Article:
L-ornithine is a non-essential amino acid, which means your body, when functioning properly, can make it all on its own.
But the “non-essential” designation belies its nutritive importance and the potential boost it provides to energy levels, moods, strength, and endurance when we give our body a little extra L-ornithine, be it through diet or supplementation. Let’s explore L-ornithine benefits and side effects to help us determine what’s hype and what’s helpful.
L-ornithine for Waste Management
As an amino acid, ornithine functions as a building block for proteins, but that’s not all it does. One of its primary responsibilities is to help remove waste from the body.
Amino acids make up proteins in our muscles and other organs, and transform into biochemical compounds such as neurotransmitters and hormones.
When these nitrogen-containing compounds break down—and they will—ammonia is produced. If not removed, this ammonia becomes toxic.
Here’s where ornithine shines. L-ornithine is a key player in the urea cycle (alternately named the ornithine cycle), a process by which liver cells convert ammonia into urea to be eliminated by the kidneys. Ornithine acts as a catalyst to accelerate ammonia conversion into urea for ultimate excretion through urine.
If the body does not produce enough ornithine, then toxic metabolic waste can build up and cause potentially serious complications.
Because ornithine speeds us the excretion of ammonia, scientists believe it may help encourage proper liver function, prevent fatigue, and boost performance during prolonged exercise.
Some research even suggests that ornithine may help increase levels of human growth hormone (HGH) in the body.
L-ornithine for Fatigue Management
L-ornithine helps manage fatigue by stabilizing energy levels and promoting better sleep.
Let’s examine the findings of a 2014 study published in Nutrition Journal. Fifty-two healthy men and women reported mild fatigue and low vigor due to stressful living conditions, such as working irregular schedules.
The researchers separated participants into a control group—given a placebo pill once a day for eight weeks—and an ornithine group—given 400 mg of L-ornithine once a day for eight weeks.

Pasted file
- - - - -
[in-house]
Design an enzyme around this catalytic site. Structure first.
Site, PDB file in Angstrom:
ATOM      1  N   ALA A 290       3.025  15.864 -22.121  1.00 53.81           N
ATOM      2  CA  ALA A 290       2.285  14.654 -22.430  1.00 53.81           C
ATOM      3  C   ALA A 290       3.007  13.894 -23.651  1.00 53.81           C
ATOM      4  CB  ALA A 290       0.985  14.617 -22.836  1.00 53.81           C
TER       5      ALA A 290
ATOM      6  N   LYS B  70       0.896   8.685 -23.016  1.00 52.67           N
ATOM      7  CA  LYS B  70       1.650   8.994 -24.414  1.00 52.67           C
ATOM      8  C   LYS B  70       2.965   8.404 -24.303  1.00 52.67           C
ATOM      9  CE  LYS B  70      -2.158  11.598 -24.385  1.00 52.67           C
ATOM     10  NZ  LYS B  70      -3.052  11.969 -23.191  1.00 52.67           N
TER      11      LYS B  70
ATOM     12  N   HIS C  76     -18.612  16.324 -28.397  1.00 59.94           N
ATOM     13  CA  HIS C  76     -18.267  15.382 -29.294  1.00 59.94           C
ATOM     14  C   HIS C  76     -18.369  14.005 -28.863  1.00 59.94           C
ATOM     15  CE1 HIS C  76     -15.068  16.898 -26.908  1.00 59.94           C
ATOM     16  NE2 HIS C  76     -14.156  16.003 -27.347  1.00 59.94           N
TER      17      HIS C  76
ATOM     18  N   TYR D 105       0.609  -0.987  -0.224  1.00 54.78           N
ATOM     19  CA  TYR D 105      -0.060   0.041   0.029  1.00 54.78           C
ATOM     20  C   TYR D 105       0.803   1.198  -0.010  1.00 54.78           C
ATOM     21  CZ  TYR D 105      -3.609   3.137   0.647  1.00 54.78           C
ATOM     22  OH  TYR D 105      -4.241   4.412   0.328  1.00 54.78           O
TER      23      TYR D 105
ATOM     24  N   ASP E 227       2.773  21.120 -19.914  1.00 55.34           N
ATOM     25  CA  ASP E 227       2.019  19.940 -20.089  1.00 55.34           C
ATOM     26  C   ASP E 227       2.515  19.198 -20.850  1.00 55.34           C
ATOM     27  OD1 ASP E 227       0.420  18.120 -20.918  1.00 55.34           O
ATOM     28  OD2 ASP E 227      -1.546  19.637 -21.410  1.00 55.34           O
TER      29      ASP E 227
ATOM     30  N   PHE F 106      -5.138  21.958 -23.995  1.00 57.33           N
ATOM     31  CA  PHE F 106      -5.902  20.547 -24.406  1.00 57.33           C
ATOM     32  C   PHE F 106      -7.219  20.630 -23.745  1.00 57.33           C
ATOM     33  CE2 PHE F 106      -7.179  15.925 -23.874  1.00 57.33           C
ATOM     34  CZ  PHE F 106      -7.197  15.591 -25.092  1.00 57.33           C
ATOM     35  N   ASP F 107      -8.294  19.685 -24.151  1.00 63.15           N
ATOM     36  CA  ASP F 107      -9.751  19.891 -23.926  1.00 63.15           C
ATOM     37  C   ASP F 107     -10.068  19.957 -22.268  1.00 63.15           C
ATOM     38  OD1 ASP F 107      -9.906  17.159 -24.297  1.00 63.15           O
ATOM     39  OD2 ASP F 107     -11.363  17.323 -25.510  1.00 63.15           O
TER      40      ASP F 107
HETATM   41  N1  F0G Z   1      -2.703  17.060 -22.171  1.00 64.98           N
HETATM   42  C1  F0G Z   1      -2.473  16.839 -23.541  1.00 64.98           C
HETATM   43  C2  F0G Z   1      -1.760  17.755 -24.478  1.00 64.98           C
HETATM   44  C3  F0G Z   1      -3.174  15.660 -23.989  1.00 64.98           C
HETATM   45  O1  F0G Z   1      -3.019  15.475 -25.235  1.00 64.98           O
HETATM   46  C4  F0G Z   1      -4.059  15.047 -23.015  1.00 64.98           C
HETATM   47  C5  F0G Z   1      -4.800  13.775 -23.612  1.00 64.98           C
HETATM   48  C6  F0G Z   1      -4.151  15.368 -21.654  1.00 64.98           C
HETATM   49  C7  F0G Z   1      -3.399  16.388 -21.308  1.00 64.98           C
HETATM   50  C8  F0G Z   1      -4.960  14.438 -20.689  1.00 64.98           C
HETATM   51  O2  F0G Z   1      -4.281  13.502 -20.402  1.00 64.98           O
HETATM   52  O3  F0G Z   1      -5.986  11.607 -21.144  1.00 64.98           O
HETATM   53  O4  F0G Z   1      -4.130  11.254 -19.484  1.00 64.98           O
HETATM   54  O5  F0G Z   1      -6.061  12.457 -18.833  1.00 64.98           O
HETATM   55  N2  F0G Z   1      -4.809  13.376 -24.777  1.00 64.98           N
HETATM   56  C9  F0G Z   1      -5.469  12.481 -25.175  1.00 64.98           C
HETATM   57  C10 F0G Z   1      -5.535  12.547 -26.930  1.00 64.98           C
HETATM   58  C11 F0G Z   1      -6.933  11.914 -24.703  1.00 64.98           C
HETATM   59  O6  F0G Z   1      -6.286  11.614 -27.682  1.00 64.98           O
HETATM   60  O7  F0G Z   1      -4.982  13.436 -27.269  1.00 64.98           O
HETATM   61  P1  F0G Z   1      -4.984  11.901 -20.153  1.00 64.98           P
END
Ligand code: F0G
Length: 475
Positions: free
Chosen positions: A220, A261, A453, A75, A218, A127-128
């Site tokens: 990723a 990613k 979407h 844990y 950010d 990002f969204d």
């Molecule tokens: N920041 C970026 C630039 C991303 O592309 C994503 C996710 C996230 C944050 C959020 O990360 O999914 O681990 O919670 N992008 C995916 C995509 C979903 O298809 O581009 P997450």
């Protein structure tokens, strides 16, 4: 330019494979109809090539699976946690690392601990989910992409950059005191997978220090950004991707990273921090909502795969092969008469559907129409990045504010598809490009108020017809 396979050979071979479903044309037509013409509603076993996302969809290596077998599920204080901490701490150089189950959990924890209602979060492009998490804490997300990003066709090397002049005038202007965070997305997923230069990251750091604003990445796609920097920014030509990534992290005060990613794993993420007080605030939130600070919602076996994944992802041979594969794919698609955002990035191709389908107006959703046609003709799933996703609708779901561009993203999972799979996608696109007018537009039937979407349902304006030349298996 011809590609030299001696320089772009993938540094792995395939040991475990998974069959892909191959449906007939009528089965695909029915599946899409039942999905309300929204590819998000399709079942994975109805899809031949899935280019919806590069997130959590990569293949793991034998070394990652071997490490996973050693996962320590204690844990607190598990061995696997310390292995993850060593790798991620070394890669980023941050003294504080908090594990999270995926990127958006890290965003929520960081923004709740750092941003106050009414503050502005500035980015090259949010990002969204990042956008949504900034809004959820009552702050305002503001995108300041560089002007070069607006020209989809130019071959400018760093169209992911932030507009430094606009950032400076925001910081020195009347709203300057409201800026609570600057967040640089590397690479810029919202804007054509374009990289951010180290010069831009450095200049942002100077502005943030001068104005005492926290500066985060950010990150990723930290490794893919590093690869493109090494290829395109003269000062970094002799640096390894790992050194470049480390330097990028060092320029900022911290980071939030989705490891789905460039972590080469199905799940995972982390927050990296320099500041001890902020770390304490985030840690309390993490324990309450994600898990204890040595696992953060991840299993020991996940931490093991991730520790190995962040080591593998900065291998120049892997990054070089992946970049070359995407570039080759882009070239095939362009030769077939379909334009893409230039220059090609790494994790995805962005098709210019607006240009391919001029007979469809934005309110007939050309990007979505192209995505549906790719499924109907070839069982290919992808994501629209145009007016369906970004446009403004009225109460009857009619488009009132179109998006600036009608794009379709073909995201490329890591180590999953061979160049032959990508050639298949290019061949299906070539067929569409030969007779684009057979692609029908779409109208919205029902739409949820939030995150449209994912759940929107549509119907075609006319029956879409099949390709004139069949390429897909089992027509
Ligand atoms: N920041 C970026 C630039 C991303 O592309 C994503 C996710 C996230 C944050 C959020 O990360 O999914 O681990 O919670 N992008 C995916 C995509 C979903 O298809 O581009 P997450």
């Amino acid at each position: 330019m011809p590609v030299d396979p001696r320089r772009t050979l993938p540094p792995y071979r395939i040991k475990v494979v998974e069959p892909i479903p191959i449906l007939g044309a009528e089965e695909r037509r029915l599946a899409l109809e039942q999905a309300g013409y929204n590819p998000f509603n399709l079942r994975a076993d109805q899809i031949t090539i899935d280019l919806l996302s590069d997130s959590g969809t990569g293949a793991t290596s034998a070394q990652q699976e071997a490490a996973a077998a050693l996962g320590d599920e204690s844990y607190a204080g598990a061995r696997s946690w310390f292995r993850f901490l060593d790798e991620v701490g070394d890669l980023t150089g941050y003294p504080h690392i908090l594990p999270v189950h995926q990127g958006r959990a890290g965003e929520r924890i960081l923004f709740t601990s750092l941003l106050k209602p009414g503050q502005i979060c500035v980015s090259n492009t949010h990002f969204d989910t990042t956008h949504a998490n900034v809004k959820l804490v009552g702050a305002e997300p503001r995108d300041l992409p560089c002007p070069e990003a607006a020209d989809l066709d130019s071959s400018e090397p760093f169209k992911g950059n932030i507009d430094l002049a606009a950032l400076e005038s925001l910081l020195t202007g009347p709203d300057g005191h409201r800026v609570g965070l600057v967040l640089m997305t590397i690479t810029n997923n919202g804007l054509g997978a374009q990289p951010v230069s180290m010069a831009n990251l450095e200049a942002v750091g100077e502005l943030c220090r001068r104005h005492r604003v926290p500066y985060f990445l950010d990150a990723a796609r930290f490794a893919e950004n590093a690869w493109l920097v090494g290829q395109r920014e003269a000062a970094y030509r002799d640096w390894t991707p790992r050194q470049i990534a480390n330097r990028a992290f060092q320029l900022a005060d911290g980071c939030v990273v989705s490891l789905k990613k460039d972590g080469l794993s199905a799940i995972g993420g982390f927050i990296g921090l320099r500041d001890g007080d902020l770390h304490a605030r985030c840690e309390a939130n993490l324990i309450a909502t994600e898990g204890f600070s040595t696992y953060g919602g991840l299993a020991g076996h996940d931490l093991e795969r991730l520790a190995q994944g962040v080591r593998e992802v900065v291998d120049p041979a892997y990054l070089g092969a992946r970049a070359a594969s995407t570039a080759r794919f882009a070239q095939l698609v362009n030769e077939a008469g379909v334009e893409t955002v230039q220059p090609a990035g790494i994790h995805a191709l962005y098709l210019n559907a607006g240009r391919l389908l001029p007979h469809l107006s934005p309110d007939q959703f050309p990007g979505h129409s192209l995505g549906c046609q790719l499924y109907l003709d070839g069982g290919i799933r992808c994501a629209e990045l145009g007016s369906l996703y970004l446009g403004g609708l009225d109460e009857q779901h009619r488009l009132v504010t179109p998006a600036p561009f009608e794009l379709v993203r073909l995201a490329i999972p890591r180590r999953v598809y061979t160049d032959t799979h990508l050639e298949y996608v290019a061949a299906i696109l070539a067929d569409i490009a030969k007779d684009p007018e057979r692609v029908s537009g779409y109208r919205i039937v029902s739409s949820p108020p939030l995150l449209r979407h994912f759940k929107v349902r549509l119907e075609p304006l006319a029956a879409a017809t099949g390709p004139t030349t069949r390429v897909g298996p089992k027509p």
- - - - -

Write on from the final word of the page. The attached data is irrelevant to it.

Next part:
Researchers measured levels of cortisol and DHEA-S, blood markers of stress, before, during, and after the eight-week study. In addition, participants filled out questionnaires that noted mood and sleep quality.
L-ornithine made a marked difference. Compared to the placebo group, participants on ornithine supplements were less angry and hostile, especially at weeks two and six, experienced better sleep, both falling asleep faster and sleeping longer and deeper, and had reduced cortisol levels from baseline.
L-ornithine for Strength and Endurance
L-ornithine’s potential benefits for strength and endurance stem from its symbiotic relationship with the anti-aging amino acid arginine.
Your kidneys convert ornithine into arginine, which helps to produce nitric oxide. Nitric oxide dilates your blood vessels when you need to usher extra blood to your tissues.
Arginine also stimulates the production of creatine, which is a compound that helps muscles contract.
Consuming extra ornithine, and thereby triggering arginine production, is thought to help encourage strength and endurance. For these reasons, ornithine supplementation has become popular among people hoping to improve athletic performance.
What does science have to say? Preliminary studies shine a positive light on L-ornithine strength and endurance benefits.
A study published in Nutrition Research, for example, showed that people who took ornithine were less fatigued from exercise than were people who took a placebo. The researchers concluded that ornithine helps the body use energy more efficiently and they recommend L-ornithine as a nutritional supplement to help combat fatigue.
Findings from a study published in the Journal of Sports Medicine and Physical Fitness showed that supplementing with ornithine and arginine while participating in a high-intensity strength-training program increased overall strength and lean body mass in an accelerated time frame. Amino acid supplementation also helped speed recovery from chronic stress by suppressing the deterioration of tissue.
Another study published in the Journal of Strength and Conditioning Research demonstrated that supplementing with arginine and L-ornithine increased levels of human growth hormone (HGH) and insulin-like growth factor-1 (IGF-1) serum levels after strength-trained athletes engaged in heavy-resistance exercise.
Although more research is required, it would appear that supplementing with ornithine, especially when combined with arginine, may help improve strength and endurance, as well as raise HGH levels.
L-ornithine Side Effects
You can feed your body ornithine through dietary sources, such as meat, fish, dairy, eggs, peanuts, and soybeans, but many people may wish to use L-ornithine supplements to increase stamina and strength.
Health supplements typically use a form of ornithine called L-ornithine HCL, which is the hydrochloride salt of L-ornithine.
L-ornithine supplements for strength and endurance are generally considered safe and side effect free for adults when taken at doses between 2 and 6 grams a day. Doses more than 10 grams a day have been shown to cause intestinal distress and diarrhea in sensitive users. As always, please supplement only under the care and guidance of a licensed health practitioner.